Green Zone is further proof that not every distinctive example of directing flair is a universal fit. It’s hard to see Tarseem making All the President’s Men, for example. Even though Greengrass has made effective use of the jitter-lens look for both a reinvention of the spy genre and an intense docudrama-like look at history, somehow, the creative concept doesn’t really work here. Wired whistler-blowers turned belligerent ass-kickers seem almost antithetical to the story the film wants to tell (think The Insider with Jason Statham instead of Russell Crowe), and by putting the incredibly recognizable face of your post-modern espionage franchise front and center, you are simply begging for bad comparisons. As a result, Green Zone feels like under-baked Bourne, delivering none of the jerryrigged James Bond thrills we’ve come to expect. Sure, the action is solid, but the rest of the narrative wants to acknowledge brains, not brawn.
The script by Oscar winner Bryan Helgeland is partially taken from a non-fiction tome about the search for (and eventual lack thereof) of WMDs in the months after the Iraq invasion, and the anti-Bush sentiments are strong. We get the infamous aircraft carrier announcement of “Mission Accomplished” as a backdrop to one telling scene and throughout, Kinnear’s character is viewed as the most miserable, mealy-mouthed type of dangerous pencil pusher. But the conclusion is already obvious, the subject of years of ongoing FOX News vs. the rest of the world debate. If there were no WMDs, what is Damon’s character going to find? Will he be a pawn in a bigger propaganda push? Will he die trying? Does it have something to do with a crystal skull and a long dormant alien race? Green Zone lends itself to such speculative superficialities. Instead of teaching us about life in the Iraq trenches, it becomes a BBC series with ballistics.
The balance is completely off here as well, Greengrass spending far more time chasing insurgents and hostiles down bombed out neighborhoods and allies than setting up his supporting players. We get Kinnear’s motives – he wears them on his sleeve like a Neo-Con Medic-Alert bracelet. Gleason and Ryan on the other hand are ciphers, cogs in a plotpoint machine that never locates an efficient way to use them. They are really just around so that Damon has someone to soapbox with, to furrow his brow over and gnash teeth towards. Even the local citizen who becomes Miller’s inadvertent translator seems like a set-up, an unnecessary bit of fussiness that adds little -that is, until the ending. Once the character reaches for a hidden gun in the backseat of his car, we instantly get where his story arc is headed.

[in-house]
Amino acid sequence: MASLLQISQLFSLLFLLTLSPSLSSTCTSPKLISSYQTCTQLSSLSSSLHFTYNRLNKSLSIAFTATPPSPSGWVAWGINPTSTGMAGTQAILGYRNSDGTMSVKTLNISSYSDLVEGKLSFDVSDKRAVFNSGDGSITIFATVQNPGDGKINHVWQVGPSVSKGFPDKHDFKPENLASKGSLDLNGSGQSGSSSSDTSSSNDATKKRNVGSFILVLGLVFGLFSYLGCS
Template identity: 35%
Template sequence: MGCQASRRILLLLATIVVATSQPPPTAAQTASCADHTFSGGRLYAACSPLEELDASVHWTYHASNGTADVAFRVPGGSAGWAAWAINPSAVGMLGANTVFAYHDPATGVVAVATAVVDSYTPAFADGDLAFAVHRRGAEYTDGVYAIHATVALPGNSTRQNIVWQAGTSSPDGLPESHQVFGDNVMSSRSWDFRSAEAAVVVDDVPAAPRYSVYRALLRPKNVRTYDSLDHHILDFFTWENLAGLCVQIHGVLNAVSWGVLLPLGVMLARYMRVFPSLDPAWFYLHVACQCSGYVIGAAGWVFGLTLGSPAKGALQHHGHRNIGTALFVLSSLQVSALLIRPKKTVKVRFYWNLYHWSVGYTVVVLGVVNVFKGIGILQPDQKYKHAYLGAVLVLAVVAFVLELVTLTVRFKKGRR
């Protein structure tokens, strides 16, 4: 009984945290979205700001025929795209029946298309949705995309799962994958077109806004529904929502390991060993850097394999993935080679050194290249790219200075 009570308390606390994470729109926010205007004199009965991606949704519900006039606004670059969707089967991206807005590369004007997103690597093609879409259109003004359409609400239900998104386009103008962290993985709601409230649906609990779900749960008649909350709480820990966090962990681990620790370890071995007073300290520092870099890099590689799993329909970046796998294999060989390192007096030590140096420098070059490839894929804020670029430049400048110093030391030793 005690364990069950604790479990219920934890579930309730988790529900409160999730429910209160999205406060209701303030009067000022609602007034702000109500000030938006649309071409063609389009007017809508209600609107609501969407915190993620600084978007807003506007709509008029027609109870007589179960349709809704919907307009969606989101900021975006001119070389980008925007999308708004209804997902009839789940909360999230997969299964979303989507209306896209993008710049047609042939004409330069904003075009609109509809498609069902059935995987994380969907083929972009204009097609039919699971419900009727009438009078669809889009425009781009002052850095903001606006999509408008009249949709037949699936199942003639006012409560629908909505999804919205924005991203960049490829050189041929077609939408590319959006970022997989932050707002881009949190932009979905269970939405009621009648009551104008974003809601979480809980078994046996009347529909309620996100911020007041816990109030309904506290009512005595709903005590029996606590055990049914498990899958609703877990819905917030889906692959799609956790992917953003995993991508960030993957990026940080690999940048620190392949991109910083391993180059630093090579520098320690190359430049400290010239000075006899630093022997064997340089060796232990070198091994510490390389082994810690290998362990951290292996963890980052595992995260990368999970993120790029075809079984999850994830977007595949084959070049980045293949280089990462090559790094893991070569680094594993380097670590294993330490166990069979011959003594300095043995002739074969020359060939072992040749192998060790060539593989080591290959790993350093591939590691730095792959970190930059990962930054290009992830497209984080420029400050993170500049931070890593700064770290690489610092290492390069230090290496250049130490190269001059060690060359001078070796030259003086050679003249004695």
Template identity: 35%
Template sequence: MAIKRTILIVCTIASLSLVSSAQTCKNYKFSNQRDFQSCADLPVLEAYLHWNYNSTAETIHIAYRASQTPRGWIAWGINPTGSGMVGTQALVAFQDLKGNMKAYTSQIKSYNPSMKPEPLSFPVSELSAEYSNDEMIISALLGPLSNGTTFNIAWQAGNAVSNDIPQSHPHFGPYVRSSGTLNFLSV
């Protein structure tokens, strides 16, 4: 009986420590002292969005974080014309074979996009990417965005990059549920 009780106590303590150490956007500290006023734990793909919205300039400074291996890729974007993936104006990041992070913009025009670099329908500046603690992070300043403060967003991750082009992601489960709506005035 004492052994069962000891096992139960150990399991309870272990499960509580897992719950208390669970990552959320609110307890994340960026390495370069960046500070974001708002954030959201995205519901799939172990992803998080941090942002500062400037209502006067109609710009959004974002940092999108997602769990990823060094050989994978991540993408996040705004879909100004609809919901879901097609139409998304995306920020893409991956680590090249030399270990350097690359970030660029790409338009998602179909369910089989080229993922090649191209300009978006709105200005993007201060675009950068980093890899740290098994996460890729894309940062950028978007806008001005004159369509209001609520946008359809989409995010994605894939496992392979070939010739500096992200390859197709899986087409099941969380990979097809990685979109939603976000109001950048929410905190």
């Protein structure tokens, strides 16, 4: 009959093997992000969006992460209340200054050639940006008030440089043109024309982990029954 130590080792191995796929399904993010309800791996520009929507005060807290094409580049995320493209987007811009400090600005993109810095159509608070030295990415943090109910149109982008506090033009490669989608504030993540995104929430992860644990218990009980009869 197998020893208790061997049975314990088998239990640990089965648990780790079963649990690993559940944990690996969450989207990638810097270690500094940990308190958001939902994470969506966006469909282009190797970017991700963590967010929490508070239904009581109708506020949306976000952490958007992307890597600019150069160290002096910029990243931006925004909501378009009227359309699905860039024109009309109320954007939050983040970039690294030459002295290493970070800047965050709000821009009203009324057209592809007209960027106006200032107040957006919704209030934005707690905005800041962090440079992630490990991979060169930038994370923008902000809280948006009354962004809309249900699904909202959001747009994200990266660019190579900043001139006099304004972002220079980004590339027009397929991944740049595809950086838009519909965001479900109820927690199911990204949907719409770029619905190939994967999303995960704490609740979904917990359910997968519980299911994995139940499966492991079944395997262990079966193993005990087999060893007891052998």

The Bourne films function because they are unpredictable. Sure, the square-jawed Jason is always one step ahead of his captures and is never in a bind he can’t get himself out of. But in those films, and United 93, Greengrass traded on our anticipated reactions to revamp a dying cinematic type. He was aggressive and amped up with reason. Here, he plays directly into our beliefs and offers nothing new in getting there. This is chaos by the numbers, well acted and efficiently edited, but doing little more than rattling our reality before sitting back to sell us an already known bill of goods. That’s why another approach may have benefited Greengrass’ motives. Sticking with the same old strategy produces…the same old thing.
Which takes us back to the argument at the beginning. Green Zone clearly believes it can benefit from turning an already given exposition into something akin to a sideways installment of an already successful series. It actually hopes you think Robert Ludlum redux when you come to its overly familiar filmic facets. But that doesn’t mean it’s a successful bait and switch. For all its frayed nerve endings and vibrating visual finesse, there is nothing really new here – not in the narrative and certainly not behind the lens. Paul Greengrass has become iconic for the way in which he utilizes and understands the camera. Green Zone is a good example of the approach’s limitations, and as a result, his own celluloid shelf life.